Concern over suicide rate at Edinburgh College

Sanjay Dhital. Picture: Contributed
Sanjay Dhital. Picture: Contributed
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STUDENTS at Edinburgh College have called for the return of dedicated counselling services after a spate of suicides at one of its campuses.

The plea comes amid claims support staff are buckling under “huge pressure” after campus-based counselling teams were axed by college chiefs.

It also emerged that four students had taken their own lives between June last year and January – a figure described as “abnormally high”.

Among them was Nepalese national Sanjay Dhital, 24, whose body was retrieved from St Margaret’s Loch in January after he went missing on Boxing Day last year.

One student, who asked not to be named, said: “Student support staff are under huge pressure and it’s time the college considers investing properly in staff. I hope the college focuses more on mental health.”

Sources said all four cases involved students from Edinburgh College’s Granton Campus. They said the students came from the hair and beauty, sports and catering departments.

Student leaders praised the “super-human” efforts of support staff at campuses across the Capital but said recent cuts to services meant they were increasingly “over-stretched”.
Students’ Association president John Martin said: “Edinburgh College has reduced the capacity for the pastoral care of students recently and we are acutely concerned that the well-being of students will suffer despite the super-human efforts of the brilliant and dedicated but overstretched support staff.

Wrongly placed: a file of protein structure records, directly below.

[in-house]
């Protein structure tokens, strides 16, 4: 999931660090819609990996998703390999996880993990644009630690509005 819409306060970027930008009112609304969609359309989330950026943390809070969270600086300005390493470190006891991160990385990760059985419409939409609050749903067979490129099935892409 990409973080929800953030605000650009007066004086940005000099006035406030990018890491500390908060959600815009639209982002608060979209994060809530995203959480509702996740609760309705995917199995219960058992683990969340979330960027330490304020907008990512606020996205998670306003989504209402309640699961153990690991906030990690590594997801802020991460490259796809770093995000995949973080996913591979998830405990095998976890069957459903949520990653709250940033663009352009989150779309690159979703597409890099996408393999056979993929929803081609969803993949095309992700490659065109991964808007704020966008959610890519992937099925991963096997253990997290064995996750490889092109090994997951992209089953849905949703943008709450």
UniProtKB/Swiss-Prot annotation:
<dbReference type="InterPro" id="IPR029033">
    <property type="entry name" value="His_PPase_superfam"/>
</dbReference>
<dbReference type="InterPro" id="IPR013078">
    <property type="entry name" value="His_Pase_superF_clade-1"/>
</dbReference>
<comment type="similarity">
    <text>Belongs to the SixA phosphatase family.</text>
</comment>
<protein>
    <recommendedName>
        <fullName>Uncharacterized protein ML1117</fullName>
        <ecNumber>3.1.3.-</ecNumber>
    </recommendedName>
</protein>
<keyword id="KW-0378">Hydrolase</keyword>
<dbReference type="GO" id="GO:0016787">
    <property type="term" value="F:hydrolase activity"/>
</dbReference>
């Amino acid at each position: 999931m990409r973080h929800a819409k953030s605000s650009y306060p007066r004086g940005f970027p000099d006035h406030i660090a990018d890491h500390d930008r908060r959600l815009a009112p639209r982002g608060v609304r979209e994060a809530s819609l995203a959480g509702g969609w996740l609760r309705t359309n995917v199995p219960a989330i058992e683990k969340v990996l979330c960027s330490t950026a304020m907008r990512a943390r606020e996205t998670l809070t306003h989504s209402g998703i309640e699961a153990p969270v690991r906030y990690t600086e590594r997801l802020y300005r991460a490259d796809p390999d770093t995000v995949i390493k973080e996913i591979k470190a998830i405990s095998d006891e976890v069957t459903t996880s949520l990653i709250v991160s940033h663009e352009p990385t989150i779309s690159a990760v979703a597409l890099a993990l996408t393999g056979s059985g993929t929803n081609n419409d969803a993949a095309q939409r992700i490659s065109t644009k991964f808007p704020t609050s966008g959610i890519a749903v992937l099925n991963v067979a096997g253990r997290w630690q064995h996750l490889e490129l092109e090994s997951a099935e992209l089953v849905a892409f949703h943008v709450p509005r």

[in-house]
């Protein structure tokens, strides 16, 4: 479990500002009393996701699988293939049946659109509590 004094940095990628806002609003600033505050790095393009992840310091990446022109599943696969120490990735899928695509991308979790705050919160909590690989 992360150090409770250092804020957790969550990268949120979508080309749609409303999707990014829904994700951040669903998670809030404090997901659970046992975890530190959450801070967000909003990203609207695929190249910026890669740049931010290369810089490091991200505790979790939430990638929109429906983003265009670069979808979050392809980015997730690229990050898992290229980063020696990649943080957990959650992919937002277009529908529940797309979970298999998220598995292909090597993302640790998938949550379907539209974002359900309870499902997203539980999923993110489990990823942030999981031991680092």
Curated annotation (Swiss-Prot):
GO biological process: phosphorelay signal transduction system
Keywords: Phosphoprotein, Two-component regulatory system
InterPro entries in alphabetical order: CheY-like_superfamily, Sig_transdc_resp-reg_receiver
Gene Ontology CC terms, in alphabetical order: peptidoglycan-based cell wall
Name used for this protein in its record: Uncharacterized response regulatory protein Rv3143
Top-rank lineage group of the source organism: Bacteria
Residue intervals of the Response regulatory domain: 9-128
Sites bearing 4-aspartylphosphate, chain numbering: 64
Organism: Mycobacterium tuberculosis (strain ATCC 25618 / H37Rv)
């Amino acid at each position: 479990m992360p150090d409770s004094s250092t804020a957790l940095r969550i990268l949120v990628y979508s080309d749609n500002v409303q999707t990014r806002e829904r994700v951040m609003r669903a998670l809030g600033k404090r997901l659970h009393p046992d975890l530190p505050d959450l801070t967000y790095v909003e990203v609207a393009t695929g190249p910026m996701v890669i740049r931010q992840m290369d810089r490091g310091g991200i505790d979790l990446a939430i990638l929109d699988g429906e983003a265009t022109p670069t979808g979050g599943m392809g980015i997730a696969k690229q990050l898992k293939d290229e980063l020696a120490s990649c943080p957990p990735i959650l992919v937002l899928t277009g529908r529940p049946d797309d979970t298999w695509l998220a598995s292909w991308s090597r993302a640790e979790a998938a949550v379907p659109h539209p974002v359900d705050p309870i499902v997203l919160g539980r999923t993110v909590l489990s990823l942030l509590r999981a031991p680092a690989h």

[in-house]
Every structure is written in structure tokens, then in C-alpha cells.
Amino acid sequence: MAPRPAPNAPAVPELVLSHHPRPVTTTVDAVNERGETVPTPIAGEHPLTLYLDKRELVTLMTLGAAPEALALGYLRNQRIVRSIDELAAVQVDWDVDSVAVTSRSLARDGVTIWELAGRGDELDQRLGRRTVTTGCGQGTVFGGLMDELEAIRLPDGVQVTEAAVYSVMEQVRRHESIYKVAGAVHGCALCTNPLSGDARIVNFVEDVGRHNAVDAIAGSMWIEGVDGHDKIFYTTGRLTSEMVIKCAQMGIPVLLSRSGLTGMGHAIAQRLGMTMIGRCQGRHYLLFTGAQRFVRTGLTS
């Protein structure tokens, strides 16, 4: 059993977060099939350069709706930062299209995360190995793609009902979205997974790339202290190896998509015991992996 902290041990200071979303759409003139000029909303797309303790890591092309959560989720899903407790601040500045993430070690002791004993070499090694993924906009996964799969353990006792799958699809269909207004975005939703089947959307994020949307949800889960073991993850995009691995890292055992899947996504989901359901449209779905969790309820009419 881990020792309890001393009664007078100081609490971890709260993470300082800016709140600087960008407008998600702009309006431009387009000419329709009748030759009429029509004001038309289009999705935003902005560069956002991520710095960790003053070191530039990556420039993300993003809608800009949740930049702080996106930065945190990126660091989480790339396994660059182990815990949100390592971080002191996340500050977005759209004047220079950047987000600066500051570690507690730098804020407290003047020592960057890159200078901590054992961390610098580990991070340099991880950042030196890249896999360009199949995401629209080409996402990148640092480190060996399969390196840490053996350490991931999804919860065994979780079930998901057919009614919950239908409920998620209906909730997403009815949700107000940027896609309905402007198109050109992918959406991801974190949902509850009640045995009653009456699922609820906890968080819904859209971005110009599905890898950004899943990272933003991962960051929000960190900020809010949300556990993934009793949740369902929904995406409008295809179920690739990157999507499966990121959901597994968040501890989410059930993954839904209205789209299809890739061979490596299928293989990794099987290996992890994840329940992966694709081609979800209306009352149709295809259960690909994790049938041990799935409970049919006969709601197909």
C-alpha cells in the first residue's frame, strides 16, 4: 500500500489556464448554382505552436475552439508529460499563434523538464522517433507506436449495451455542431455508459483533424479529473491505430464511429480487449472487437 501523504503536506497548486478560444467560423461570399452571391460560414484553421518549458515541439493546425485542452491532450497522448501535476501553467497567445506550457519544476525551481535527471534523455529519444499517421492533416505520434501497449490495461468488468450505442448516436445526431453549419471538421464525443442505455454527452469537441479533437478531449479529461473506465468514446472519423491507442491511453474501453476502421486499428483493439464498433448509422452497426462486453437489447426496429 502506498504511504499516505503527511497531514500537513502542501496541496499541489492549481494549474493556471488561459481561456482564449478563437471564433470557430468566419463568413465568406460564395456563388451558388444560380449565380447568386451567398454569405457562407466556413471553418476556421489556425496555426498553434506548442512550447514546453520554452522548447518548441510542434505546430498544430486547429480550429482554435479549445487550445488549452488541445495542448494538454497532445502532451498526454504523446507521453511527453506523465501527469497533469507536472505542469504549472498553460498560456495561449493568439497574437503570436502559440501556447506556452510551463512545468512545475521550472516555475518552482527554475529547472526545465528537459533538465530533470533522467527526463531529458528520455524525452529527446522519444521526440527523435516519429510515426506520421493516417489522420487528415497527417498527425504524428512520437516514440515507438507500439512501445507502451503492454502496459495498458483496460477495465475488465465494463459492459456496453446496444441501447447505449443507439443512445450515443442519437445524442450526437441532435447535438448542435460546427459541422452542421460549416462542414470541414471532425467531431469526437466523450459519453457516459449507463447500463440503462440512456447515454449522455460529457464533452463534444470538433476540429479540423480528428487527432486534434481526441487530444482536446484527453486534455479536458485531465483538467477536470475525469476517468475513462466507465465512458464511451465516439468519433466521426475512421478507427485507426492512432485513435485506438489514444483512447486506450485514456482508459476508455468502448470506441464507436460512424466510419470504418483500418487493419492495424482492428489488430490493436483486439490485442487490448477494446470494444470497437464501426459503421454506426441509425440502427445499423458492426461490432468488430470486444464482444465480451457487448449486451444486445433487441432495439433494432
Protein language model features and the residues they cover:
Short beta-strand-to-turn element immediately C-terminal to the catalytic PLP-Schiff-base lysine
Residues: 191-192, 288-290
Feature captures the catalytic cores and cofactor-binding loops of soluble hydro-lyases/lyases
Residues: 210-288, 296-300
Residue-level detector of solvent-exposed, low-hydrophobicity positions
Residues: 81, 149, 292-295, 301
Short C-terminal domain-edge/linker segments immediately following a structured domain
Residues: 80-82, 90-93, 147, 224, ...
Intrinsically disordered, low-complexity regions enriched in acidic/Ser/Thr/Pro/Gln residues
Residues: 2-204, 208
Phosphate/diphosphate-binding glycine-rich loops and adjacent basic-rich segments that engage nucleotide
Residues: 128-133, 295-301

“The impact on having counsellors on campus cannot be under-estimated and as many students and staff as possible should be trained to identify signs of mental ill-health and signpost students to appropriate help.

“This is why we are running mental health first aid training over the Easter break and calling for the college to invest in similar training for staff as well as providing counselling for students on all campuses.”

A college spokeswoman said: “Previously, we had a dedicated counselling service on campus. Because this model was not able to meet the needs of enough students, we changed and now use the expertise of
local counselling services.

“All student services advisers are trained in basic counselling skills. The advisers refer students to appropriate local independent counselling services, according to each individual’s needs.”

Students can contact the Samaritans on 08457 90 90 90.